Module 3: The Case of the Embedded Collar

What is the Shelter Veterinarian’s Role in Response to Animal Abuse?

Should the Veterinarian Report Animal Abuse?

Human healthcare professionals and teachers are required by law in all 50 states to report suspect child abuse, elder abuse, and domestic violence abuse. Veterinarians are the advocate for animals in society and must speak out about the abuse of these silent victims. Are veterinarians required by law to report suspect animal abuse?

At time of this e-publication, only 18 states require veterinarians to report suspect animal abuse to law enforcement. Reporting is voluntary in 19 states. Twelve states do not have any laws for veterinarian reporting of suspect animal abuse. Kentucky is the only state that prohibits veterinarians from reporting suspect animal abuse unless there is an appropriate court order or subpoena for access to medical records. At this time, 28 states provide immunity from civil liability for veterinarians that report suspect animal abuse in good faith. Here is a map showing veterinary reporting laws by state .


US map with states color-coded based on whether veterinary reporting of animal abuse is mandatory, voluntary, or prohibited. Florida is voluntary reporting.

the key for the US map with states color-coded based on whether veterinary reporting of animal abuse is mandatory, voluntary, or prohibited. Florida is voluntary reporting.


The AVMA Animal Abuse Response website contains state laws for reporting suspect animal abuse. Visit this site to learn more information about veterinarian reporting of animal abuse by state.


Test Your Knowledge


There are several professional sources of support for veterinarian reporting of suspect animal abuse, whether it is required by law or not. Here are policies and position statements from the American Veterinary Medical Association (AVMA) and the American Animal Hospital Association (AAHA):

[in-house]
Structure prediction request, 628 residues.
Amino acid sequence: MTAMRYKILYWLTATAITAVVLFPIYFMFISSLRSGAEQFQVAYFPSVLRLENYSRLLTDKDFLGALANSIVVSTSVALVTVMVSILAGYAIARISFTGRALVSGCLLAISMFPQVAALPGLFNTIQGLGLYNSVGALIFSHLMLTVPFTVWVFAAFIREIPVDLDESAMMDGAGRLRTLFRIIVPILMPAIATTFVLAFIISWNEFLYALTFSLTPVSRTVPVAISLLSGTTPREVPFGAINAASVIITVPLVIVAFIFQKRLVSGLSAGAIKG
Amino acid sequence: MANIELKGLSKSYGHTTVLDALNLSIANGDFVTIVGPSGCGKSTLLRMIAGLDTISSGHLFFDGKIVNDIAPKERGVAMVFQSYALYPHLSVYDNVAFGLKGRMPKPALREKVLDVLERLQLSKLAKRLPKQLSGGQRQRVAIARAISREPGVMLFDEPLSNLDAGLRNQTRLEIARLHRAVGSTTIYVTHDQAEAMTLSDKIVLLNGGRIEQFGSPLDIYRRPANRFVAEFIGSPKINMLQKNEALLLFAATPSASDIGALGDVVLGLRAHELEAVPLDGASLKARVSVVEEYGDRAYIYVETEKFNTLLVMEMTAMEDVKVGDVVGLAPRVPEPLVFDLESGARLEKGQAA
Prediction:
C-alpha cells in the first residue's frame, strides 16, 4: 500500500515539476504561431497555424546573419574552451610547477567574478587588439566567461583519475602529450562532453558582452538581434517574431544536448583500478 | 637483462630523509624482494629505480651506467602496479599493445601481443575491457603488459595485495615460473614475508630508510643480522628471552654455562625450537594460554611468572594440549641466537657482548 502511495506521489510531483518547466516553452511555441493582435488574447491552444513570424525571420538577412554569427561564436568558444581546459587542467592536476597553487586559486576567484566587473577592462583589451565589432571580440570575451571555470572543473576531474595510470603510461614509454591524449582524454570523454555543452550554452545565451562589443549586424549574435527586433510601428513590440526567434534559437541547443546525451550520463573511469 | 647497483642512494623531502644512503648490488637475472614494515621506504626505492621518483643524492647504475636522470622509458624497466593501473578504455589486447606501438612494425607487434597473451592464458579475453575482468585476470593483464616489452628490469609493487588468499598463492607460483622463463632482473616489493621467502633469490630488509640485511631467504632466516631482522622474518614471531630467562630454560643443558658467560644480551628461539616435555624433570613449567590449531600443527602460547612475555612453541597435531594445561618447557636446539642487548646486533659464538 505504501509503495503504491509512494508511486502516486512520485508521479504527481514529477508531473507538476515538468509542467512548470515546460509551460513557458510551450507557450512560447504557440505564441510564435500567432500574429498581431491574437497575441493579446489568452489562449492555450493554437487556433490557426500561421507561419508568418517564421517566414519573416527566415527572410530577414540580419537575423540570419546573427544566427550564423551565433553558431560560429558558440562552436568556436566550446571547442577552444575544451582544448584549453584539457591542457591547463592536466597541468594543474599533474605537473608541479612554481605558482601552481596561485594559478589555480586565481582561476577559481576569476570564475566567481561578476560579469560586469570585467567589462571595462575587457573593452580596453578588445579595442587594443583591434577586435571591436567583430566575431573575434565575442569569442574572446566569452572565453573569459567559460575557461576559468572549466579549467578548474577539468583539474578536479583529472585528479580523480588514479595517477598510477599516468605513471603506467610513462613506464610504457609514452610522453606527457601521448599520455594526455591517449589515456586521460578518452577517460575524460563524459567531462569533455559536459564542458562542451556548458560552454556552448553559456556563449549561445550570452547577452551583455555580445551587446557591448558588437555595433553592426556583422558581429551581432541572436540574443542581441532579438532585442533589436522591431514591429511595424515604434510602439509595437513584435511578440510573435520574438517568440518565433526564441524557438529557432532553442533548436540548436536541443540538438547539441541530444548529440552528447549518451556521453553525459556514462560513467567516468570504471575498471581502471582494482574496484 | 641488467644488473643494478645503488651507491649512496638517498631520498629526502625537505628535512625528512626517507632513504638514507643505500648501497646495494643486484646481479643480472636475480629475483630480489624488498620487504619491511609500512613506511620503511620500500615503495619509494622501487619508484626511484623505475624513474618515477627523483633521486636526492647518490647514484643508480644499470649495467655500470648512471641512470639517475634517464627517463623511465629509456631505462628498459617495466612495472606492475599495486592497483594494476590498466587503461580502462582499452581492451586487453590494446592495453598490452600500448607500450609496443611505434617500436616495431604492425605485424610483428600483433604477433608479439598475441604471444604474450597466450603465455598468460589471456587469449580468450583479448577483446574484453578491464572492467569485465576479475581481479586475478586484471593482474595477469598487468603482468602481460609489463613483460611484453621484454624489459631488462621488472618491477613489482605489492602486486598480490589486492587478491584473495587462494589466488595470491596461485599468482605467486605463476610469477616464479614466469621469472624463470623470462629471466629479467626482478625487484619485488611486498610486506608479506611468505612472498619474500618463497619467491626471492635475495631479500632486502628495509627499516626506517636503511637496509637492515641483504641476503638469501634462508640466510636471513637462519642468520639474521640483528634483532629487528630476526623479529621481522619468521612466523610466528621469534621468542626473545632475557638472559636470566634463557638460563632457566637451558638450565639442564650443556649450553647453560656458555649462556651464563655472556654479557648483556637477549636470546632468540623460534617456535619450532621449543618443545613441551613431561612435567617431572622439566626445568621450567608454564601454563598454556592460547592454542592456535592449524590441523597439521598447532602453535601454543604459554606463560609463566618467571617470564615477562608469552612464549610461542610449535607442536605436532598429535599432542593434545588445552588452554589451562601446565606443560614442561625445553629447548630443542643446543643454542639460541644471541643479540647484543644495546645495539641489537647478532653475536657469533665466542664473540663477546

Policies and Position Statements

Veterinarian’s Oath

Being admitted to the profession of veterinary medicine, I solemnly swear to use my scientific knowledge and skills for the benefit of society through the protection of animal health and welfare, the prevention and relief of animal suffering, the conservation of animal resources, the promotion of public health, and the advancement of medical knowledge.

I will practice my profession conscientiously, with dignity, and in keeping with the principles of veterinary medical ethics.

I accept as a lifelong obligation the continual improvement of my professional knowledge and competence.

Source:  AVMA Veterinarian’s Oath

AVMA Policy for Animal Abuse and Animal Neglect 

The AVMA recognizes that veterinarians may observe cases of animal abuse or neglect as defined by federal or state laws, or local ordinances. The AVMA considers it the responsibility of the veterinarian to report such cases to appropriate authorities, whether or not reporting is mandated by law. Prompt disclosure of abuse is necessary to protect the health and welfare of animals and people. Veterinarians should be aware that accurate, timely record keeping and documentation of these cases are essential. The AVMA considers it the responsibility of the veterinarian to educate clients regarding humane care and treatment of animals.